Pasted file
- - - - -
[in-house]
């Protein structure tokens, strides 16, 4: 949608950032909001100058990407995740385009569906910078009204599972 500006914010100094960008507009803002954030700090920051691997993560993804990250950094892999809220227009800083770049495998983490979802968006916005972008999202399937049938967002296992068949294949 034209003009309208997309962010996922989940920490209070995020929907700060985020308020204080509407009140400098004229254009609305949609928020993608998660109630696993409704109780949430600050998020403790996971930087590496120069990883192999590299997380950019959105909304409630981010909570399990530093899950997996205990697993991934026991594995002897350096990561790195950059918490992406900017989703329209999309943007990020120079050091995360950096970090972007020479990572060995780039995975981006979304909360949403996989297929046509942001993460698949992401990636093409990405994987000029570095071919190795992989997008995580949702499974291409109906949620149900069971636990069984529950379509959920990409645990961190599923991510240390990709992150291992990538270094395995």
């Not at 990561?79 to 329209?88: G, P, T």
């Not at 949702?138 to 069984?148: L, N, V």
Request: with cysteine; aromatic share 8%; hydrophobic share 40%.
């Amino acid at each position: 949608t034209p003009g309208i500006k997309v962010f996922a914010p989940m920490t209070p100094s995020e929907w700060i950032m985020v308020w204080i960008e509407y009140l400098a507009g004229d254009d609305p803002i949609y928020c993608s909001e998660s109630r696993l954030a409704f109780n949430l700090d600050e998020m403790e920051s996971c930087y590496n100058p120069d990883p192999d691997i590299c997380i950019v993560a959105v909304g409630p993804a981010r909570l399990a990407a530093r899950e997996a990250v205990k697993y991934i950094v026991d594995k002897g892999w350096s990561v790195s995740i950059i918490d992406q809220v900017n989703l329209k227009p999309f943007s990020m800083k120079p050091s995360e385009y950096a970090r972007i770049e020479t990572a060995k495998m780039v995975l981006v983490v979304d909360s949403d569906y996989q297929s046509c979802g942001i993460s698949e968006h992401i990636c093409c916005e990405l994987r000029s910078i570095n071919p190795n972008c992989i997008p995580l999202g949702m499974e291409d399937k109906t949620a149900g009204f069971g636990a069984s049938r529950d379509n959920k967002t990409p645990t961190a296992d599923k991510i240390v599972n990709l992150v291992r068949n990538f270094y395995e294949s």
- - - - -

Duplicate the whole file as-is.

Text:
[in-house]
């Protein structure tokens, strides 16, 4: 949608950032909001100058990407995740385009569906910078009204599972 500006914010100094960008507009803002954030700090920051691997993560993804990250950094892999809220227009800083770049495998983490979802968006916005972008999202399937049938967002296992068949294949 034209003009309208997309962010996922989940920490209070995020929907700060985020308020204080509407009140400098004229254009609305949609928020993608998660109630696993409704109780949430600050998020403790996971930087590496120069990883192999590299997380950019959105909304409630981010909570399990530093899950997996205990697993991934026991594995002897350096990561790195950059918490992406900017989703329209999309943007990020120079050091995360950096970090972007020479990572060995780039995975981006979304909360949403996989297929046509942001993460698949992401990636093409990405994987000029570095071919190795992989997008995580949702499974291409109906949620149900069971636990069984529950379509959920990409645990961190599923991510240390990709992150291992990538270094395995």
């Not at 990561?79 to 329209?88: G, P, T």
């Not at 949702?138 to 069984?148: L, N, V």
Request: with cysteine; aromatic share 8%; hydrophobic share 40%.
């Amino acid at each position: 949608t034209p003009g309208i500006k997309v962010f996922a914010p989940m920490t209070p100094s995020e929907w700060i950032m985020v308020w204080i960008e509407y009140l400098a507009g004229d254009d609305p803002i949609y928020c993608s909001e998660s109630r696993l954030a409704f109780n949430l700090d600050e998020m403790e920051s996971c930087y590496n100058p120069d990883p192999d691997i590299c997380i950019v993560a959105v909304g409630p993804a981010r909570l399990a990407a530093r899950e997996a990250v205990k697993y991934i950094v026991d594995k002897g892999w350096s990561v790195s995740i950059i918490d992406q809220v900017n989703l329209k227009p999309f943007s990020m800083k120079p050091s995360e385009y950096a970090r972007i770049e020479t990572a060995k495998m780039v995975l981006v983490v979304d909360s949403d569906y996989q297929s046509c979802g942001i993460s698949e968006h992401i990636c093409c916005e990405l994987r000029s910078i570095n071919p190795n972008c992989i997008p995580l999202g949702m499974e291409d399937k109906t949620a149900g009204f069971g636990a069984s049938r529950d379509n959920k967002t990409p645990t961190a296992d599923k991510i240390v599972n990709l992150v291992r068949n990538f270094y395995e294949s």